'Clean' coal power plants a far-off goal

Mufson writes for the Washington Post.

At a bend in the Ohio River, a bulky new device is being attached to a 30-year-old coal plant near the small town of New Haven, W.Va.

The device is being housed in a building four stories tall and bigger than a football field. A 150-foot-tall exhaust stack -- so wide that it would take six adults with their arms fully stretched to reach around it -- will reach into the sky. And pipelines will run out of the building and into saline aquifers two miles underground. The entire contraption will start up as early as September.

The purpose: capturing carbon dioxide emissions and stashing them in underground rock formations -- a crucial part of the global effort to slow climate change. This is the technique that promoters say will make coal "clean" and critics say is an expensive pipe dream.

The stimulus package devoted $2.4 billion to pilot projects. On Monday, the Obama administration awarded $20 million of that to a program that uses supersonic shock waves to compress carbon for storage, on top of $408 million in stimulus money awarded to two other carbon pilot projects. It has pledged $1 billion more to a model plant called FutureGen.

If the Waxman-Markey climate bill becomes law, a new Carbon Storage Research Corp. would pump an additional $1.1 billion a year into researching this nascent technology, and first movers would get billions of dollars more in bonus emission allowances that could be sold.

Coal companies and environmentalists alike are counting on a breakthrough in carbon capture and storage technology to siphon off harmful emissions from the world's coal plants. Coal plants account for a third of U.S. greenhouse emissions. In the last five years, China has brought on line coal-fired electricity equal in size to total U.S. installed capacity, and new plants are starting up in the developing world regularly. Without a breakthrough on coal plants, it may be impossible to meet emission limits climatologists say are needed.

Yet carbon capture and storage remains the Holy Grail of the coal industry, an idea that could contain the damage inflicted by coal-burning power plants but a technology that remains expensive, energy intensive and largely untested. Even optimists say it will not be commercially available for six to 10 more years. Pessimists say it might take much longer and may never be ready for widespread use without attaching a punishingly high price to carbon.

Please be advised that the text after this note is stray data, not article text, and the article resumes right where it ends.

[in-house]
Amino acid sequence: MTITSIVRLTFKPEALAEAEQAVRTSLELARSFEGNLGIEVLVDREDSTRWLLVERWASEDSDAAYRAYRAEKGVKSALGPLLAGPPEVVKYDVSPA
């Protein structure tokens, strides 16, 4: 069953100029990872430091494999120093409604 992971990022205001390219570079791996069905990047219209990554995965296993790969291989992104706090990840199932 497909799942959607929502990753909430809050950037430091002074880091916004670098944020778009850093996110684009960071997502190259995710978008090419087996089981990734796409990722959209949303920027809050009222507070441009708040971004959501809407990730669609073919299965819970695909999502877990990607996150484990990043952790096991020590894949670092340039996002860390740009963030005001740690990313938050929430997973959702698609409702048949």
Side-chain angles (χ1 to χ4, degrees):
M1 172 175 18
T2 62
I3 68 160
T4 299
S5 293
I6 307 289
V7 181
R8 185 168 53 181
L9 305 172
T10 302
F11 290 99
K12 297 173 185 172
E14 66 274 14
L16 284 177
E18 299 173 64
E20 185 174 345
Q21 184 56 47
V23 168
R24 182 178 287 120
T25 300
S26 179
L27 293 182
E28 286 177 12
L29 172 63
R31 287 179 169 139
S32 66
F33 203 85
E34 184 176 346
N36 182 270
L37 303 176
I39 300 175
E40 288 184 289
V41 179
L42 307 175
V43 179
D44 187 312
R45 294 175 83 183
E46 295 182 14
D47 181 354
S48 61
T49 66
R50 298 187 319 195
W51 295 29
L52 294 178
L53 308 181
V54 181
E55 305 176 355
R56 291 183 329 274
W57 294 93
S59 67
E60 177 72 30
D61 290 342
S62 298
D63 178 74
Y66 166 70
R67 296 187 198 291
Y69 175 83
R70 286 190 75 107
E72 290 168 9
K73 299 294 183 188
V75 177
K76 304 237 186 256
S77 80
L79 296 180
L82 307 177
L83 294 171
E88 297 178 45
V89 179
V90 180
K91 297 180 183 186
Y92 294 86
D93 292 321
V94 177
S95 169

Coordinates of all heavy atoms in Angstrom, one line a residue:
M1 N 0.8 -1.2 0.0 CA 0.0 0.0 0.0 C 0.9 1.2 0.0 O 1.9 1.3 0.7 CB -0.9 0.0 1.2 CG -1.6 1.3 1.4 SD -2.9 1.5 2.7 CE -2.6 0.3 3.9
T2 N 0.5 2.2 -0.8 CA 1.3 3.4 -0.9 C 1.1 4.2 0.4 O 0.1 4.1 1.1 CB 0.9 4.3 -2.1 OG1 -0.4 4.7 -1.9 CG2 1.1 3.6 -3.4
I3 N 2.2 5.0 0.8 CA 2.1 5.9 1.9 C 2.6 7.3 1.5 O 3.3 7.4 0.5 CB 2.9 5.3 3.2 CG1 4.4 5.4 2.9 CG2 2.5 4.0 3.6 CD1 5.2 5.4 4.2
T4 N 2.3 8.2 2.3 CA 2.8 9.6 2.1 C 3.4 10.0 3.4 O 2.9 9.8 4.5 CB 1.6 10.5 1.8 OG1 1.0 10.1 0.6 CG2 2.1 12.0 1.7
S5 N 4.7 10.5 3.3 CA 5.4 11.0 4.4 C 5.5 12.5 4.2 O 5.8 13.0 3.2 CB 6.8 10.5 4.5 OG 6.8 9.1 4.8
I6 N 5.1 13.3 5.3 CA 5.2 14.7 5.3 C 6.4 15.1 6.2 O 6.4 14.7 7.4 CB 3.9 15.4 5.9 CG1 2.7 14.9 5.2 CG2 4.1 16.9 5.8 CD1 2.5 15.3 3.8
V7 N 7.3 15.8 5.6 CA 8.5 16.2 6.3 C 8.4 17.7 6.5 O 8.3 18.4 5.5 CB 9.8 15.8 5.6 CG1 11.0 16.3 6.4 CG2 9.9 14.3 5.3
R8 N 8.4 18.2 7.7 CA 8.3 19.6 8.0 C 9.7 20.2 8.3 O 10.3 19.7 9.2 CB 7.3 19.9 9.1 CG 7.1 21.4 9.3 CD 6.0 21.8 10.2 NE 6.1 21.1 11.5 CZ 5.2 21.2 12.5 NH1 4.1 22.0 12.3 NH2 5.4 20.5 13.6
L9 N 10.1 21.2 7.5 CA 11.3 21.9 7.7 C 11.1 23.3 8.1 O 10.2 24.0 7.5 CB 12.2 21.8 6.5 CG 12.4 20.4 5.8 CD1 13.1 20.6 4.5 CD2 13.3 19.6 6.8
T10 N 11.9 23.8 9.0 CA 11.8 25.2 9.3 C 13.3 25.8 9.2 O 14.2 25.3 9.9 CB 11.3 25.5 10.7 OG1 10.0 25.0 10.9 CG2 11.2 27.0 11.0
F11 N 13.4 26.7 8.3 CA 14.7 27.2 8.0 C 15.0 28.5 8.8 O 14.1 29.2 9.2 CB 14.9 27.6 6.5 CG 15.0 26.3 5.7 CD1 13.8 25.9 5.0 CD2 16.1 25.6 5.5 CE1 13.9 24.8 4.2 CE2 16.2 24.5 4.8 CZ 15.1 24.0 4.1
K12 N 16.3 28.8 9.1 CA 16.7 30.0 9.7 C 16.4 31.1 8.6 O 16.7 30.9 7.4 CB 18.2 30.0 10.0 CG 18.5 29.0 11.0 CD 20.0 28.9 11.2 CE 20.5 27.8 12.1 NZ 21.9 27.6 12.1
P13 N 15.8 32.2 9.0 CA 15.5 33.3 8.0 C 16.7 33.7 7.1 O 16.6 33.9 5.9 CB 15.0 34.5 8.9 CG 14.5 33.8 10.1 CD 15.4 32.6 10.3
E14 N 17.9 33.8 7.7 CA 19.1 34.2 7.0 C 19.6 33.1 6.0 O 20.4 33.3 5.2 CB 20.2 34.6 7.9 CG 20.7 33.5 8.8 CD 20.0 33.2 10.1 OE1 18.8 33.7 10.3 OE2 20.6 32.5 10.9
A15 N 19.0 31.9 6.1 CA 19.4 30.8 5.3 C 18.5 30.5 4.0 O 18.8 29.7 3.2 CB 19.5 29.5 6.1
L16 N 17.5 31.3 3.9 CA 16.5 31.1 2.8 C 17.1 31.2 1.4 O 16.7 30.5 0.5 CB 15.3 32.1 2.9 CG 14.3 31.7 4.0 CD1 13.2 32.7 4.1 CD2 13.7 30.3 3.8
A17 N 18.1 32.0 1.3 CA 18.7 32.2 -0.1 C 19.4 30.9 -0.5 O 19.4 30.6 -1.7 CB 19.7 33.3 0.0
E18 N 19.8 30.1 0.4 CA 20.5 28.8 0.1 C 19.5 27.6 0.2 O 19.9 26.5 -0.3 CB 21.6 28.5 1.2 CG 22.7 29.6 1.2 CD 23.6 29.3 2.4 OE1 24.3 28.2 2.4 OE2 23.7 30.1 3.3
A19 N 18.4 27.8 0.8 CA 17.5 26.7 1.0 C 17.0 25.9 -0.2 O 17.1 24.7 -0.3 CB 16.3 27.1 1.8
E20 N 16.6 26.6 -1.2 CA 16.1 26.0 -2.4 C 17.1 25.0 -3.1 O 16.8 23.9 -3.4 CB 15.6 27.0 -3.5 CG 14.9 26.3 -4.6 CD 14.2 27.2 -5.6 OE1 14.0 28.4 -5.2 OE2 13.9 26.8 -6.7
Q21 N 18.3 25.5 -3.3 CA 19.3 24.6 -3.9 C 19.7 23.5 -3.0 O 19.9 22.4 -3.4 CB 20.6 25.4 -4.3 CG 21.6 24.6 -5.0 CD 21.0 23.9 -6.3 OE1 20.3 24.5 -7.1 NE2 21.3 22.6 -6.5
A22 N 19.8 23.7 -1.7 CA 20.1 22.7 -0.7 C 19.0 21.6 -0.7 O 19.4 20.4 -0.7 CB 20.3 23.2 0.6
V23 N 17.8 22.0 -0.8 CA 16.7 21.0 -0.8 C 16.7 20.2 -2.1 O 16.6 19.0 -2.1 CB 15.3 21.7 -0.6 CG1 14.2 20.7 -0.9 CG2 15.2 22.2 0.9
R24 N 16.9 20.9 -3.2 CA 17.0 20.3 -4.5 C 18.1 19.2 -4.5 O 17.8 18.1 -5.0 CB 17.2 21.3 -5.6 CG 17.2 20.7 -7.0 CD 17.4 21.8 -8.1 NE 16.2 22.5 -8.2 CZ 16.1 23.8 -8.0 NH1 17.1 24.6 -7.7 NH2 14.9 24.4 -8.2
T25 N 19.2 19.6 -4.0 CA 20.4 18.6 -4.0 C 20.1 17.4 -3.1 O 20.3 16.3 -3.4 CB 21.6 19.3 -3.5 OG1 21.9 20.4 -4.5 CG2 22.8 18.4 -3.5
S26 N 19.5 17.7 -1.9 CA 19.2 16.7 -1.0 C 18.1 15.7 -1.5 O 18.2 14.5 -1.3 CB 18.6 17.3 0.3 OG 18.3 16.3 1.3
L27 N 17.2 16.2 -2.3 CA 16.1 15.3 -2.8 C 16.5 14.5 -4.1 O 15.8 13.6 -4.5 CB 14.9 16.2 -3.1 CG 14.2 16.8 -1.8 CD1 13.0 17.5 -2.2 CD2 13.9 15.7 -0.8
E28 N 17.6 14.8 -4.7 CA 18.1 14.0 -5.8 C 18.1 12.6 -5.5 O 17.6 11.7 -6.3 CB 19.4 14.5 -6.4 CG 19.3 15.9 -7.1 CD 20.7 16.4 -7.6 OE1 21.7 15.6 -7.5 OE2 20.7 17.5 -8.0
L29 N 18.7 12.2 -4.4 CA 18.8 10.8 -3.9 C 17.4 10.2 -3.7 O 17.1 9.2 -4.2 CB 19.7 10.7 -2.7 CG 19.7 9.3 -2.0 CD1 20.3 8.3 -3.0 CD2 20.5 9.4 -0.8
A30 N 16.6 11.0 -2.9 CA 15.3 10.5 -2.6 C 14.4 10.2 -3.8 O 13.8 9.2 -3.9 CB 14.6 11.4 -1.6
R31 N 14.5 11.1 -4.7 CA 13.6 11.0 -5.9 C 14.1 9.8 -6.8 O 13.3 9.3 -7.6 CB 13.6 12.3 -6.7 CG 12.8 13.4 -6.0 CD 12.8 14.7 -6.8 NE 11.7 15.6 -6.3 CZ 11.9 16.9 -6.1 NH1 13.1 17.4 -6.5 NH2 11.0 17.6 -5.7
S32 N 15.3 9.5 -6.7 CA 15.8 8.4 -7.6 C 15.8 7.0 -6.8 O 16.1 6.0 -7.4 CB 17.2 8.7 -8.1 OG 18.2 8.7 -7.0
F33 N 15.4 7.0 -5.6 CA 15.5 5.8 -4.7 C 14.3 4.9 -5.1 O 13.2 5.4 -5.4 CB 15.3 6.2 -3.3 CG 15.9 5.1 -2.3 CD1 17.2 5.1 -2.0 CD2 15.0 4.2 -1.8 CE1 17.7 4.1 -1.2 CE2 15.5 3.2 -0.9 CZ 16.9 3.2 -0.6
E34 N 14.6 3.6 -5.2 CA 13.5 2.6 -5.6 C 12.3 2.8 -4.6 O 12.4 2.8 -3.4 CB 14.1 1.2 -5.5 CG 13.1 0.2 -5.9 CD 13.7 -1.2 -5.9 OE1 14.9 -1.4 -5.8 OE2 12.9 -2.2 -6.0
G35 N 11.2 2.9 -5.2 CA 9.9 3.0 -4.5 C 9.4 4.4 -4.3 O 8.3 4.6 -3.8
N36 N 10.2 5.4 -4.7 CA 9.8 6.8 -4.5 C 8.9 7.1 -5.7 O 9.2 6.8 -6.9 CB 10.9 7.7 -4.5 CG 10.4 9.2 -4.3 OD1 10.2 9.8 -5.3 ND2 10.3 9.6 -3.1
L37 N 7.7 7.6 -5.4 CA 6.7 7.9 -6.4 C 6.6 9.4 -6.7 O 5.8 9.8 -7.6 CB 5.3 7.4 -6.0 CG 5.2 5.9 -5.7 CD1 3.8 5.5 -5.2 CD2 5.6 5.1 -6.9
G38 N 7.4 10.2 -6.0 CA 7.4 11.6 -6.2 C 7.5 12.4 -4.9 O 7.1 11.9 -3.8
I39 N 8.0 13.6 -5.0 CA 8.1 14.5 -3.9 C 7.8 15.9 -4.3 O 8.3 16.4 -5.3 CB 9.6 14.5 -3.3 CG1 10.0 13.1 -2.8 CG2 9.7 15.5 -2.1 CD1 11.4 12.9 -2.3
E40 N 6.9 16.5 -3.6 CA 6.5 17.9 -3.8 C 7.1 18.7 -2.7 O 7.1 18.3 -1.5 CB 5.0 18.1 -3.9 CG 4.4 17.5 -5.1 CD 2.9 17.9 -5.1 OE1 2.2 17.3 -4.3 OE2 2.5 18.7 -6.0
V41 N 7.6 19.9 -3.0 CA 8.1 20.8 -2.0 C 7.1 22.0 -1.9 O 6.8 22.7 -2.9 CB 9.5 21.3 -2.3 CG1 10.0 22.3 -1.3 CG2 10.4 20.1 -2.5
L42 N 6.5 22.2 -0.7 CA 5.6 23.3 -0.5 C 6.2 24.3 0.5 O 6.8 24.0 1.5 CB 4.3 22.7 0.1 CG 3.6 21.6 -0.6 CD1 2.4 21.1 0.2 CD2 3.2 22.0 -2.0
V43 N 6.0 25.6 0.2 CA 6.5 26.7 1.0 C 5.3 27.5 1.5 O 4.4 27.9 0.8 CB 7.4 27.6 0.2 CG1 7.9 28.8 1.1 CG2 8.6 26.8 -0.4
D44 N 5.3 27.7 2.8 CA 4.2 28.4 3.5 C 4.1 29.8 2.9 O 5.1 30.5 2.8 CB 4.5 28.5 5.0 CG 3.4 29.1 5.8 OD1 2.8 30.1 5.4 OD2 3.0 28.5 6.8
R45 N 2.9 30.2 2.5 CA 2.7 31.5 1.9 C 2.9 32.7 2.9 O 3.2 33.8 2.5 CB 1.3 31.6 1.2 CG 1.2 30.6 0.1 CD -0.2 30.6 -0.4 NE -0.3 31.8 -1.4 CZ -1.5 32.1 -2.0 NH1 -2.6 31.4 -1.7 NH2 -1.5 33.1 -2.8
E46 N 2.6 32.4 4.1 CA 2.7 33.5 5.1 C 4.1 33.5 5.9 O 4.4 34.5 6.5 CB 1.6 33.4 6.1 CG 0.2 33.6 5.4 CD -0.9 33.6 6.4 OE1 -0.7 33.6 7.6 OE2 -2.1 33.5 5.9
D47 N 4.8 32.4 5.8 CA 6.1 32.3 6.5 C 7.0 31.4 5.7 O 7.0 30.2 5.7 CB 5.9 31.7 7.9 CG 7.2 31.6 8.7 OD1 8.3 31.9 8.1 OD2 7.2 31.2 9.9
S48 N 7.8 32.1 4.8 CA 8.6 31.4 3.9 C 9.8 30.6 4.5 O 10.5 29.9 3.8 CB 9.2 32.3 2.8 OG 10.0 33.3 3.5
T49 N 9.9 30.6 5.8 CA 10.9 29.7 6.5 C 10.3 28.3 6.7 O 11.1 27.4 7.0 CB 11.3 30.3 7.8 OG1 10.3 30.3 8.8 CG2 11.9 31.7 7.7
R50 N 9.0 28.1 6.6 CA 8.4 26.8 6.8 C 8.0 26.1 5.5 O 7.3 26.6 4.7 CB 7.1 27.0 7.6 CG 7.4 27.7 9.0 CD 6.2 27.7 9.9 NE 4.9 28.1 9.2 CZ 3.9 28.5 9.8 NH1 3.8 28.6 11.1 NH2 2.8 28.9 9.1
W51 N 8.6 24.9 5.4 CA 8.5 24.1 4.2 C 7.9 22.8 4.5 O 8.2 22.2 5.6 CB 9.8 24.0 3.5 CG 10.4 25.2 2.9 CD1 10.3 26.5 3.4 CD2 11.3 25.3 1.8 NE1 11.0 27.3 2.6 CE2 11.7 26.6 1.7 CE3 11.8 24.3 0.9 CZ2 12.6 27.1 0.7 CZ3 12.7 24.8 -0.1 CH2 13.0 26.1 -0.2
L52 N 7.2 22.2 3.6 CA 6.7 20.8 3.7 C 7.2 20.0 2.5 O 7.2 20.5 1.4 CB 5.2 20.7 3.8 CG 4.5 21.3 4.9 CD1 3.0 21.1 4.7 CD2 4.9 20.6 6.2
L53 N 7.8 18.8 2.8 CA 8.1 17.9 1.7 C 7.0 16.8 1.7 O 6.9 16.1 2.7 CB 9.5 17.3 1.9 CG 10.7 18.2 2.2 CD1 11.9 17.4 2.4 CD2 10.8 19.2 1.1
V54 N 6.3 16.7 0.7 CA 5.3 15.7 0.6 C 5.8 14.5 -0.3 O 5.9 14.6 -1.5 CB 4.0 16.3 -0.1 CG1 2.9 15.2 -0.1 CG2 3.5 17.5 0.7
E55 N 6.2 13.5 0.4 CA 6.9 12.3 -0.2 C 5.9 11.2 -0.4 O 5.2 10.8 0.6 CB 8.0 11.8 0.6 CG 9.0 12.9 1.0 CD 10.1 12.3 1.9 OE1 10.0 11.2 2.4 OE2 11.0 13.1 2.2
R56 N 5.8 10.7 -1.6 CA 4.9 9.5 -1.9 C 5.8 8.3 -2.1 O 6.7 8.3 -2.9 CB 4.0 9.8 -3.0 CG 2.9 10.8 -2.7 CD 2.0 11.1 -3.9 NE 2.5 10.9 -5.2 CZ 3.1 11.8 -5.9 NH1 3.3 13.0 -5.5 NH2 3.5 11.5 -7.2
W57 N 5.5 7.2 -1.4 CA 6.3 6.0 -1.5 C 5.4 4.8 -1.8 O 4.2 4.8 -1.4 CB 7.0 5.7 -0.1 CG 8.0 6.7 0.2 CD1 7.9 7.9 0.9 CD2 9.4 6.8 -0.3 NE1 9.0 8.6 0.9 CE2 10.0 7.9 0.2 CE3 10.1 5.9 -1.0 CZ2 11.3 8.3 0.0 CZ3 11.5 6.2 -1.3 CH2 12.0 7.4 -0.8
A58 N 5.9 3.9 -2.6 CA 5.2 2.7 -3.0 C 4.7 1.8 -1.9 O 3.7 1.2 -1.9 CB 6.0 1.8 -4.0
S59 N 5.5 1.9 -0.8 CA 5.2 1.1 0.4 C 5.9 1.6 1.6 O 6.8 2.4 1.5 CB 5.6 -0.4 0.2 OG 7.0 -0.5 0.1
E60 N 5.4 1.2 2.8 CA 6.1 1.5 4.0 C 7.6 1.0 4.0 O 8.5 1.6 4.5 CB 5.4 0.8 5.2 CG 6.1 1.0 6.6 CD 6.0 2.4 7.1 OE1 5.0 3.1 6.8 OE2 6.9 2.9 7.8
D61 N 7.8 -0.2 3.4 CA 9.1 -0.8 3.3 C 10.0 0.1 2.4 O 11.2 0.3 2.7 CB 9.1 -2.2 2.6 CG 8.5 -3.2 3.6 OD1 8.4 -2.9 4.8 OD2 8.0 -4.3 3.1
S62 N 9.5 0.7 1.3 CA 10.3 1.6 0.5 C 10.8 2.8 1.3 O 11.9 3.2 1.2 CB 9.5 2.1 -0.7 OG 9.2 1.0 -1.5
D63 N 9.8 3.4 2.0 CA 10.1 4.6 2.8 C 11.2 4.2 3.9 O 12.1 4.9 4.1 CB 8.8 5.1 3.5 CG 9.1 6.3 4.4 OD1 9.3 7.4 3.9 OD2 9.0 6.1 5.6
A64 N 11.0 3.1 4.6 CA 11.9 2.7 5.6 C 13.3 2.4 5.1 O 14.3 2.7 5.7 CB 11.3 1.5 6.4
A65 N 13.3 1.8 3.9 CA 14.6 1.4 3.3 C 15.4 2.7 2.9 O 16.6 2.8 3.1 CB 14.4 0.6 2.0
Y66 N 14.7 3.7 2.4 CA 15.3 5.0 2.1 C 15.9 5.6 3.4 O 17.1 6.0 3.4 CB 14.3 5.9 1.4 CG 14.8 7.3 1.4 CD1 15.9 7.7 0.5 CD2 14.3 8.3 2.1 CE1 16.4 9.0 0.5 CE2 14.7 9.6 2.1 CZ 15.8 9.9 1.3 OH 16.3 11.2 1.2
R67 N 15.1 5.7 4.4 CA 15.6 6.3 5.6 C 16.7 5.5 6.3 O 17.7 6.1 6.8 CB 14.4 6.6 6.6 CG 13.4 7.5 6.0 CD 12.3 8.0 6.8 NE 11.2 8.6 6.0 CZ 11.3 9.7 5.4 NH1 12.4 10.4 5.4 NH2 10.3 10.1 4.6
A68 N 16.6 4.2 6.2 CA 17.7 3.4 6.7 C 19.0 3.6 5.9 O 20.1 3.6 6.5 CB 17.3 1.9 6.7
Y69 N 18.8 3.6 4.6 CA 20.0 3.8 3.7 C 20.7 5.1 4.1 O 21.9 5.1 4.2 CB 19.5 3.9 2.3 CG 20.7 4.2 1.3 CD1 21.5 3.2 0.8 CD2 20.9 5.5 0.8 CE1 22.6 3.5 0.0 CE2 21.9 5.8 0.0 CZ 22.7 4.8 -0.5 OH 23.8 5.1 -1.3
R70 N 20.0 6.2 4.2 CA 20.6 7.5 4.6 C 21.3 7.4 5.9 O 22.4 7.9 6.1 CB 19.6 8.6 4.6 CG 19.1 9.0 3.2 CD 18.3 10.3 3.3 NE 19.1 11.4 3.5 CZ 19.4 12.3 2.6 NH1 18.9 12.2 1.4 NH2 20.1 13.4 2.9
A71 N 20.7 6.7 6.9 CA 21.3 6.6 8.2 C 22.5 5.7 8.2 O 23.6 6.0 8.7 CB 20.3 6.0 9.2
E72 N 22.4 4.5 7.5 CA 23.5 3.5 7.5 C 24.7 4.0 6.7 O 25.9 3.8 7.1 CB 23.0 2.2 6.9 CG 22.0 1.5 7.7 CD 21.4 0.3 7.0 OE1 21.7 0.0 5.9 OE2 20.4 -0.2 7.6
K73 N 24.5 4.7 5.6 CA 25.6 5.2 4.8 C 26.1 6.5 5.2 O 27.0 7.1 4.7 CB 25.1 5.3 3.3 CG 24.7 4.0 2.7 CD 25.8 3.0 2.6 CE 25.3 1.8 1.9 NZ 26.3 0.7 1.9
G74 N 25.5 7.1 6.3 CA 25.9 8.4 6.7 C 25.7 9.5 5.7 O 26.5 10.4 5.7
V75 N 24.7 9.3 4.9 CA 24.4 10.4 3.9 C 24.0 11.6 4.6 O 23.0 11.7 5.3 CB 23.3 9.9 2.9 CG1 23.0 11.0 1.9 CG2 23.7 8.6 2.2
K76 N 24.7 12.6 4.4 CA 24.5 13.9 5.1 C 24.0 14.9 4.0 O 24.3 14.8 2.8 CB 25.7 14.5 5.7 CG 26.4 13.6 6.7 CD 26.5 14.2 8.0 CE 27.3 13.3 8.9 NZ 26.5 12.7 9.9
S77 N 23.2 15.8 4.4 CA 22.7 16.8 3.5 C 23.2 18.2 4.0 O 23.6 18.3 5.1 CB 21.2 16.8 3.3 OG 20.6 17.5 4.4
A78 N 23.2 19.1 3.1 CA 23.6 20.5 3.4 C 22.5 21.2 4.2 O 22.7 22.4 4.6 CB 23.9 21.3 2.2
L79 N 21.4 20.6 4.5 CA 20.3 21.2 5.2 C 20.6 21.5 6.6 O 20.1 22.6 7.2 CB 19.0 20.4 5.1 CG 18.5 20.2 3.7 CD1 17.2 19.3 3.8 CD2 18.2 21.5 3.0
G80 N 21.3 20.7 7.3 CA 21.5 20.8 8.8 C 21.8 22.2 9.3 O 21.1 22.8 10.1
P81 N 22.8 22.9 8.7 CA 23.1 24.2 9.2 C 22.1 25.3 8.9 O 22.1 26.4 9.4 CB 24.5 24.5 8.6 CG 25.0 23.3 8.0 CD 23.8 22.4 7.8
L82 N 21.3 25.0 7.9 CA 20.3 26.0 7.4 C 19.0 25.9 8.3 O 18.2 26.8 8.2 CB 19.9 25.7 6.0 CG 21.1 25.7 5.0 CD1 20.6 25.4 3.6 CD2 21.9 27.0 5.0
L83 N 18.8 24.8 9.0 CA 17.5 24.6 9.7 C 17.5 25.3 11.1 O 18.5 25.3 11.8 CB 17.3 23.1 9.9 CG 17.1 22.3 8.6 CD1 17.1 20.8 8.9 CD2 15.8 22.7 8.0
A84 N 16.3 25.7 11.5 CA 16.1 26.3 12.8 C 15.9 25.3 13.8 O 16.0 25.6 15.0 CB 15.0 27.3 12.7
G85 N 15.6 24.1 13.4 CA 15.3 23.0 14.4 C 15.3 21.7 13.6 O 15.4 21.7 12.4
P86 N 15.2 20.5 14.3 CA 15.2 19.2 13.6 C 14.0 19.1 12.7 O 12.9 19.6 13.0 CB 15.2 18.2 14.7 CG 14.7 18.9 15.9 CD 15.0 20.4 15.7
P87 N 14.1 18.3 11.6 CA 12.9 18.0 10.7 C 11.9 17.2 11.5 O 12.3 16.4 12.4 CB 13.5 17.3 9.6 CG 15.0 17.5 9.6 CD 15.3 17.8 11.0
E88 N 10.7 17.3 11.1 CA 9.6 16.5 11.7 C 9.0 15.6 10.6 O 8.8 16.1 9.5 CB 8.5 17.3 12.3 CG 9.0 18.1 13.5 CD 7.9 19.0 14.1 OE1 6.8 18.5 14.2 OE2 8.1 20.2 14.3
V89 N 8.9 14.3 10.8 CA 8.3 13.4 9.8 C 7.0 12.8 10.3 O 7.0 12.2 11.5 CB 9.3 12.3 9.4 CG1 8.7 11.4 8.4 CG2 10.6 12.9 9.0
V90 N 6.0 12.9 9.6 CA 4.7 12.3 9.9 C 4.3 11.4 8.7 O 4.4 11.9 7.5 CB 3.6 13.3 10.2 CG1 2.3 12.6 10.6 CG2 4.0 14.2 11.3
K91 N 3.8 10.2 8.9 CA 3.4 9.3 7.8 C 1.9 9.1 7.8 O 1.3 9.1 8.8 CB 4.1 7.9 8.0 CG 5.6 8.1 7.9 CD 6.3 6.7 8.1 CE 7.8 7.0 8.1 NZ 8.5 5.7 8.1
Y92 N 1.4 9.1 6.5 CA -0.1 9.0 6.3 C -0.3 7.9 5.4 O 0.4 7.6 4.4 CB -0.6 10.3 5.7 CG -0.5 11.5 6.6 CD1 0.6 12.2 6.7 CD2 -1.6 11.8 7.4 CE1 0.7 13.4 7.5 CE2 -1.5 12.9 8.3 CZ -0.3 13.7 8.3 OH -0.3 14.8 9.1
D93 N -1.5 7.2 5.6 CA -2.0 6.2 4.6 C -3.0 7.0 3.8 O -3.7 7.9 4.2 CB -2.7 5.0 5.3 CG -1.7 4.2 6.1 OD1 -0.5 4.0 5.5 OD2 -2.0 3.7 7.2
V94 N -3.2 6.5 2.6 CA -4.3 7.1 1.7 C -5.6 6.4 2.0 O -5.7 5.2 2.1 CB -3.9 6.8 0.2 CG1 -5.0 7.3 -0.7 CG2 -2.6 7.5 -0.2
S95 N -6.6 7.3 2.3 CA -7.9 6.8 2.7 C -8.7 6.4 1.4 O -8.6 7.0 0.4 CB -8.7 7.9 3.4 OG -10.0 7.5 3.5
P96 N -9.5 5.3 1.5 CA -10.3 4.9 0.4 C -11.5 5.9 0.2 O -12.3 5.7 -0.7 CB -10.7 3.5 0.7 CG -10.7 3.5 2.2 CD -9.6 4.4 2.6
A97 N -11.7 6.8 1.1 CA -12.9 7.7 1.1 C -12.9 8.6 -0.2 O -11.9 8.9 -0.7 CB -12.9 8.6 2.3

"There is no credible pathway towards prudent greenhouse gas stabilization targets without CO2 emissions reduction from existing coal power plants," Ernest Moniz, a professor at the Massachusetts Institute of Technology and a member of President Obama's Council of Advisors on Science and Technology, said in a report this year. "We urgently need technology options for these plants and policies that incentivize implementation."

Coal "is still the elephant in the room," John Ashton, special representative for climate change at Britain's Foreign and Commonwealth Office, said at a meeting in Washington last month. "We can't deal with it; we can't tame it without . . . carbon capture and storage."

He said that to meet the newly agreed-upon target of limiting global warming to 2 degrees, nations must make carbon capture "standard technology by 2020."

The West Virginia plant belongs to American Electric Power Co., an electric utility that is the largest consumer of coal in the United States. Said Michael Morris, chief executive of AEP, "Clearly carbon capture and storage is essential for a company like AEP, and I would argue equally essential for the United States, because you can't go through the process of prematurely shutting down half the supply base of the American utility industry."

But the AEP project illustrates the tremendous obstacles ahead. As big as it is, the equipment there will capture the emissions from only 20 megawatts of power generation, a meager 15% of the plant's output. Morris' predecessors were smart enough to buy lots of extra land at the West Virginia plant, but other coal plants would have trouble finding room.

The big capture device, built by France's Alstom, would take the exhaust of the plant after the coal is burned and "bubble" it through a solution of chilled ammonia. The CO2 would bond with the ammonia and be separated from other gases. Then the carbon dioxide would be separated from the ammonia and compressed for storage.

The huge carbon capture and storage devices are hugely expensive too. AEP executives estimate that the cost of carbon capture for a modest-size coal plant of about 235 megawatts would start at $700 million. That works out to about $100 for a ton of carbon dioxide, far above the projections made by the Environmental Protection Agency about prices under a cap-and-trade scheme similar to one passed by the House in June. MIT put the cost of carbon capture and storage at $50 to $70 a ton. (The Waxman-Markey bill would give the first six gigawatts of plants -- equal to about seven average-size plants -- a $90-per-ton subsidy in the form of free allowances.)

Capture-and-storage devices also require large amounts of energy. The Alstom approach uses about 15% of the power plant's energy output; other processes use as much as 30%. That means the utility must buy other energy sources to cover the shortfall. (The energy lost is part of the $700-million cost, AEP executives said.)

As a result, many experts say countries would be better off retrofitting old coal plants or replacing them with new, more efficient ones. Retrofits could result in emission reductions of 4% to 5%, MIT said in its study. More-costly replacements of older plants could cut more than a quarter of their emissions.

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